Platanus neptuni (Ettingshausen) Buzek, Holy & Kvacek, a conspicuous element of late Eocene to Miocene floras in central and southern Europe, has recently been recognized from the Oligocene Yaquina flora of western Oregon. We investigated the associated reproductive and vegetative organs including globose inflorescences, in situ pollen, fruits, twigs and foliage based on compression and impression specimens. The concept that these dispersed organs represent a single species, already proposed by Buzek et al (1976), is now well supported by shared epidermal anatomy, as well as by co-occurrence at multiple localities in Europe and North America. We support an expanded concept of P. neptuni including both simple and compound leaves. Individual leaflets of trifoliolate and occasional quinquefoliolate leaves are indistinguishable in venation, marginal dentation, and epidermal anatomy from the co-occurring simple leaves. The elliptical laminae resemble the leaves of the extant evergreen species, P. kerrii of southeast Asia. However, vegetative twigs with intact P. neptuni foliage confirm a deciduous habit, with the base of each petiole enveloping an axillary bud--a feature shared with extant Platanus subg. Platanus , but not with extant Platanus kerrii . The infructescences of P. neptuni consist of numerous florets, each with short tepals and three or more achenes. Staminate inflorescences have little or no perianth; stamens with short filaments, anthers with domed connectives, and contain containing tricolpate, microreticulate pollen. Platanus neptuni is distinguished from all extant species of the genus by the presence of a prominent circumsissile collar on the peduncle immediately below each staminate and pistillate inflorescence. Platanus neptuni thus presents an intriguing combination of characters that justify its position within an extinct subgenus. The occurrences both in Oregon and central Europe indicate a common origin, possibly deriving from the circumboreal Paleocene compound foliage species P. bella (Heer) Kvacek & Manchester.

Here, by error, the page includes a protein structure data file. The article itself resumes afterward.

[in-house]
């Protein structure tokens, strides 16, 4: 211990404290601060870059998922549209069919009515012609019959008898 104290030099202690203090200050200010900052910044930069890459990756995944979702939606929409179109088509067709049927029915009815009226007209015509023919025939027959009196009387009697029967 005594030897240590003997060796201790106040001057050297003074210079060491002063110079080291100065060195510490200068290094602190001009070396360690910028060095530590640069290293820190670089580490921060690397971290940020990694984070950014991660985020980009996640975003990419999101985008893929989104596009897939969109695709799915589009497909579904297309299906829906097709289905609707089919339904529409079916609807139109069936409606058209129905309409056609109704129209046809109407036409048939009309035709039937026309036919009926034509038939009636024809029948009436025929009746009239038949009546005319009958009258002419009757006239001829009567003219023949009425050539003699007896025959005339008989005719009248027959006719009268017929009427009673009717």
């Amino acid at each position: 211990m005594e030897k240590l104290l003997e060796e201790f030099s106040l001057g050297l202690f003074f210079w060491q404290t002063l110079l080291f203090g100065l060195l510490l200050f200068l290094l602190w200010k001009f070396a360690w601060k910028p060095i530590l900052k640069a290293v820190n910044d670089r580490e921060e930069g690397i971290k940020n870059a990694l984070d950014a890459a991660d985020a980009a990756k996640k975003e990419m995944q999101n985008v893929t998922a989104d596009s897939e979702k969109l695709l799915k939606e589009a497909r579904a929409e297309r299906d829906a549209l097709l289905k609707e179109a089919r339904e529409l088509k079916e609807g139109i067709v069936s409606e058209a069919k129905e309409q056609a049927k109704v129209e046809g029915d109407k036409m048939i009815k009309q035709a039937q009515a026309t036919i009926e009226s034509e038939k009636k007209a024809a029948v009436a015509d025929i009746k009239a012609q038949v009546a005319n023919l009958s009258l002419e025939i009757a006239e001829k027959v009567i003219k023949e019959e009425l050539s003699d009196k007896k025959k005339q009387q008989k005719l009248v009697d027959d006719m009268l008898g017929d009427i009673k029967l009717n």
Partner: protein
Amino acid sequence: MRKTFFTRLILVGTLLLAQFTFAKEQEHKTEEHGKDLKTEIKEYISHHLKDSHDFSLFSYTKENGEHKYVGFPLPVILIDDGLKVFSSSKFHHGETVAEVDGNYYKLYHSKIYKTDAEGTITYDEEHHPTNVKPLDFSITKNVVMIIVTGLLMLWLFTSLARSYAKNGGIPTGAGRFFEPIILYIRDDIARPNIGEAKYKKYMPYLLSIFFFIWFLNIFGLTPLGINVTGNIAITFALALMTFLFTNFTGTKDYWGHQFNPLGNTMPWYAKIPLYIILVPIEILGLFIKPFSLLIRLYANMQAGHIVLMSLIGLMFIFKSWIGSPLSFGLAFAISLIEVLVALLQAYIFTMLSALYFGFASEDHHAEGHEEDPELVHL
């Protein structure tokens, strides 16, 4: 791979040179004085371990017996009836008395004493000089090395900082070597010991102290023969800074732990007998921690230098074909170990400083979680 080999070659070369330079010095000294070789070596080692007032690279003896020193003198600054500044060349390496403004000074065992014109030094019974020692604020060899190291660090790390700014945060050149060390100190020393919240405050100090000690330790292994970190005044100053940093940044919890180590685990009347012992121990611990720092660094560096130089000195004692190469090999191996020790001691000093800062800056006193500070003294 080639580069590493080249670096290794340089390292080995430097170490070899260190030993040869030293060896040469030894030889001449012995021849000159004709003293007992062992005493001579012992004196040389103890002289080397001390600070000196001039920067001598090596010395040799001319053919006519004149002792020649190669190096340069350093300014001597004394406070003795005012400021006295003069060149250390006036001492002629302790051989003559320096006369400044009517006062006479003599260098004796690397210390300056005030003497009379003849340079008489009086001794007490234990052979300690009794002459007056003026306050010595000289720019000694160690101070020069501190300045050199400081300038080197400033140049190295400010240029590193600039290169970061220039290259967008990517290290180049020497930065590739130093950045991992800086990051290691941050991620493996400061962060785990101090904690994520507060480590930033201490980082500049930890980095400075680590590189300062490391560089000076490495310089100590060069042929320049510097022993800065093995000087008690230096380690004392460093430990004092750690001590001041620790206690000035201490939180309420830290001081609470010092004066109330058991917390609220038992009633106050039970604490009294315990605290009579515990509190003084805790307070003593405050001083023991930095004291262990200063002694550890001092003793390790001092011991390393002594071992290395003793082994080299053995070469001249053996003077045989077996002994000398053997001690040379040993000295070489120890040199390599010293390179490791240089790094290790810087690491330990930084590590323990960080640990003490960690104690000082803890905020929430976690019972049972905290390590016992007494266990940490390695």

Key words: compound leaves, fossil, morphology, Oligocene, Platanus